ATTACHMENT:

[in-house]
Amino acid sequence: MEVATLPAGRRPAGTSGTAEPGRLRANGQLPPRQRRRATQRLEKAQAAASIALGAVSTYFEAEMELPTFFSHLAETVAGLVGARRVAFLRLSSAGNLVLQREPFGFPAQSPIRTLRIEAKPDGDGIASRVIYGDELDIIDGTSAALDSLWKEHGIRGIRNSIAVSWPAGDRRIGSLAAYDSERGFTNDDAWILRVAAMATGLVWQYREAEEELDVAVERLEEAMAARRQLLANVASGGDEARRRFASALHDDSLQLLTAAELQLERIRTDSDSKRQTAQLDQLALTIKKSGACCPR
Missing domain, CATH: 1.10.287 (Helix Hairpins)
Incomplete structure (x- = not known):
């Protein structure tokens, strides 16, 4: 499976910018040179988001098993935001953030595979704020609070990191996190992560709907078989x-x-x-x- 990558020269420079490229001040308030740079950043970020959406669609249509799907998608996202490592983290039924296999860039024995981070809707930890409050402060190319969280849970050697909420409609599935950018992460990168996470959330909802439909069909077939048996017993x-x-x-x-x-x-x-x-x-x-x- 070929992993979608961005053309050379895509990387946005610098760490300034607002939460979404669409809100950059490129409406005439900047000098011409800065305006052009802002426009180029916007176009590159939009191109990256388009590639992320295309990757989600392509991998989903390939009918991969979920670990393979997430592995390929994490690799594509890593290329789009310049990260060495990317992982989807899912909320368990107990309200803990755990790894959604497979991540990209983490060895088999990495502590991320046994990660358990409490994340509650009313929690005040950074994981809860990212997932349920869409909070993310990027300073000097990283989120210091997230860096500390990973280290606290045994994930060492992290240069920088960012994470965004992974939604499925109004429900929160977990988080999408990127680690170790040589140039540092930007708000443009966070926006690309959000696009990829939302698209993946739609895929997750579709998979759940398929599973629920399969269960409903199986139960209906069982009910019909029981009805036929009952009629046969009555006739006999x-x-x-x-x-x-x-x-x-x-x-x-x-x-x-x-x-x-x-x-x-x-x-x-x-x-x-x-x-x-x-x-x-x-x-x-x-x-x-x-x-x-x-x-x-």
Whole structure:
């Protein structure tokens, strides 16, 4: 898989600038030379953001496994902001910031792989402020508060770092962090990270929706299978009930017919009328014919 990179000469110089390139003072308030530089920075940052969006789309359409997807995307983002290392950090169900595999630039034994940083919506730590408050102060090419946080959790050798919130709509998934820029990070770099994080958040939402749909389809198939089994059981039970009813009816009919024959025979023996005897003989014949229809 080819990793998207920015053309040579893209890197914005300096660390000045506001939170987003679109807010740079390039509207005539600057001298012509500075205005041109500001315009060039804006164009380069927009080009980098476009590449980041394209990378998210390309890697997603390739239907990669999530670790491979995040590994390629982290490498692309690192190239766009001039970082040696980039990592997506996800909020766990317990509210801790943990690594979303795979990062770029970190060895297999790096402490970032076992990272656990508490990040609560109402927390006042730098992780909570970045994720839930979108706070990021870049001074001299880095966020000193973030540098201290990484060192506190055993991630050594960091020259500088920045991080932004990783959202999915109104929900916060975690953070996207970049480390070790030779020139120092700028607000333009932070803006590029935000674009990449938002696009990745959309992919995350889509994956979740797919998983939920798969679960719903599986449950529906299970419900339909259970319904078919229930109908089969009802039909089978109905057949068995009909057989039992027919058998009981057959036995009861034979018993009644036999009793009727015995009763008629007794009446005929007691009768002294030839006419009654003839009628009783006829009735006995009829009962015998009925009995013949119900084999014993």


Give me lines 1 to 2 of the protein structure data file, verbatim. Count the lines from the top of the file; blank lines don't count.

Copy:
[in-house]
Amino acid sequence: MEVATLPAGRRPAGTSGTAEPGRLRANGQLPPRQRRRATQRLEKAQAAASIALGAVSTYFEAEMELPTFFSHLAETVAGLVGARRVAFLRLSSAGNLVLQREPFGFPAQSPIRTLRIEAKPDGDGIASRVIYGDELDIIDGTSAALDSLWKEHGIRGIRNSIAVSWPAGDRRIGSLAAYDSERGFTNDDAWILRVAAMATGLVWQYREAEEELDVAVERLEEAMAARRQLLANVASGGDEARRRFASALHDDSLQLLTAAELQLERIRTDSDSKRQTAQLDQLALTIKKSGACCPR